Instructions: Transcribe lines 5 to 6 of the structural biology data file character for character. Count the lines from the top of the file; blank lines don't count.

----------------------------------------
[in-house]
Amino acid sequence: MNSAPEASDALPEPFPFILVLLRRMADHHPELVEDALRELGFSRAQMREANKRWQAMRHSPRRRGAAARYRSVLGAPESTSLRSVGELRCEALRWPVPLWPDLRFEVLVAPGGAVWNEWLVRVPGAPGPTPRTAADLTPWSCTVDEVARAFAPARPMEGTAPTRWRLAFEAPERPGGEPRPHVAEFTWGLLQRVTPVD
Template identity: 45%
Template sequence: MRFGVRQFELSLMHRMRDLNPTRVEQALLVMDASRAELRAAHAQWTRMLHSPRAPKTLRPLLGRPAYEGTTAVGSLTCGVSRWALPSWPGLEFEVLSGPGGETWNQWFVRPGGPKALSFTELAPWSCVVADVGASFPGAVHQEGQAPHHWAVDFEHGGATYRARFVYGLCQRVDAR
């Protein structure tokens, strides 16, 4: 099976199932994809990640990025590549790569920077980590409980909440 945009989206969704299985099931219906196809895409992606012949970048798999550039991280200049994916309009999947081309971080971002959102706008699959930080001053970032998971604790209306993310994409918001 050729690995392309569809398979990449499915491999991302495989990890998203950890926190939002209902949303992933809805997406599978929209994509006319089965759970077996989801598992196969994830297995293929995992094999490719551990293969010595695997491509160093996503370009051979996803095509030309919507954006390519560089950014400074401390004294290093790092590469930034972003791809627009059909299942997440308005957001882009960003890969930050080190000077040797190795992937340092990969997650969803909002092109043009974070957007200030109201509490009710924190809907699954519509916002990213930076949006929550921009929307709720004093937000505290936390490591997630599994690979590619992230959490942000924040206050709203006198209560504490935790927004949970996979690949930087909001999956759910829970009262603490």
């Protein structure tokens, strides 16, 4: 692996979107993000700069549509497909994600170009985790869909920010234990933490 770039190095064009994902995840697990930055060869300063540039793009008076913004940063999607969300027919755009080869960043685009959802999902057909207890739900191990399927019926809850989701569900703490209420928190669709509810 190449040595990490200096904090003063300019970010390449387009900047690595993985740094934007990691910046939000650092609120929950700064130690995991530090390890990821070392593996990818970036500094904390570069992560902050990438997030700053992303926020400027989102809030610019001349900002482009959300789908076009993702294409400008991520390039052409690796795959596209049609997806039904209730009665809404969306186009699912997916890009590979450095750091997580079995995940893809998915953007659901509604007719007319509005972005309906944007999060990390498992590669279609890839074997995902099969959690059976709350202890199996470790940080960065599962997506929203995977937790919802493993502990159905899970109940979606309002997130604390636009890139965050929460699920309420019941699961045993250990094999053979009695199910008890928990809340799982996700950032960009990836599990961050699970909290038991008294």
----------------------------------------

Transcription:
């Protein structure tokens, strides 16, 4: 099976199932994809990640990025590549790569920077980590409980909440 945009989206969704299985099931219906196809895409992606012949970048798999550039991280200049994916309009999947081309971080971002959102706008699959930080001053970032998971604790209306993310994409918001 050729690995392309569809398979990449499915491999991302495989990890998203950890926190939002209902949303992933809805997406599978929209994509006319089965759970077996989801598992196969994830297995293929995992094999490719551990293969010595695997491509160093996503370009051979996803095509030309919507954006390519560089950014400074401390004294290093790092590469930034972003791809627009059909299942997440308005957001882009960003890969930050080190000077040797190795992937340092990969997650969803909002092109043009974070957007200030109201509490009710924190809907699954519509916002990213930076949006929550921009929307709720004093937000505290936390490591997630599994690979590619992230959490942000924040206050709203006198209560504490935790927004949970996979690949930087909001999956759910829970009262603490």
């Protein structure tokens, strides 16, 4: 692996979107993000700069549509497909994600170009985790869909920010234990933490 770039190095064009994902995840697990930055060869300063540039793009008076913004940063999607969300027919755009080869960043685009959802999902057909207890739900191990399927019926809850989701569900703490209420928190669709509810 190449040595990490200096904090003063300019970010390449387009900047690595993985740094934007990691910046939000650092609120929950700064130690995991530090390890990821070392593996990818970036500094904390570069992560902050990438997030700053992303926020400027989102809030610019001349900002482009959300789908076009993702294409400008991520390039052409690796795959596209049609997806039904209730009665809404969306186009699912997916890009590979450095750091997580079995995940893809998915953007659901509604007719007319509005972005309906944007999060990390498992590669279609890839074997995902099969959690059976709350202890199996470790940080960065599962997506929203995977937790919802493993502990159905899970109940979606309002997130604390636009890139965050929460699920309420019941699961045993250990094999053979009695199910008890928990809340799982996700950032960009990836599990961050699970909290038991008294």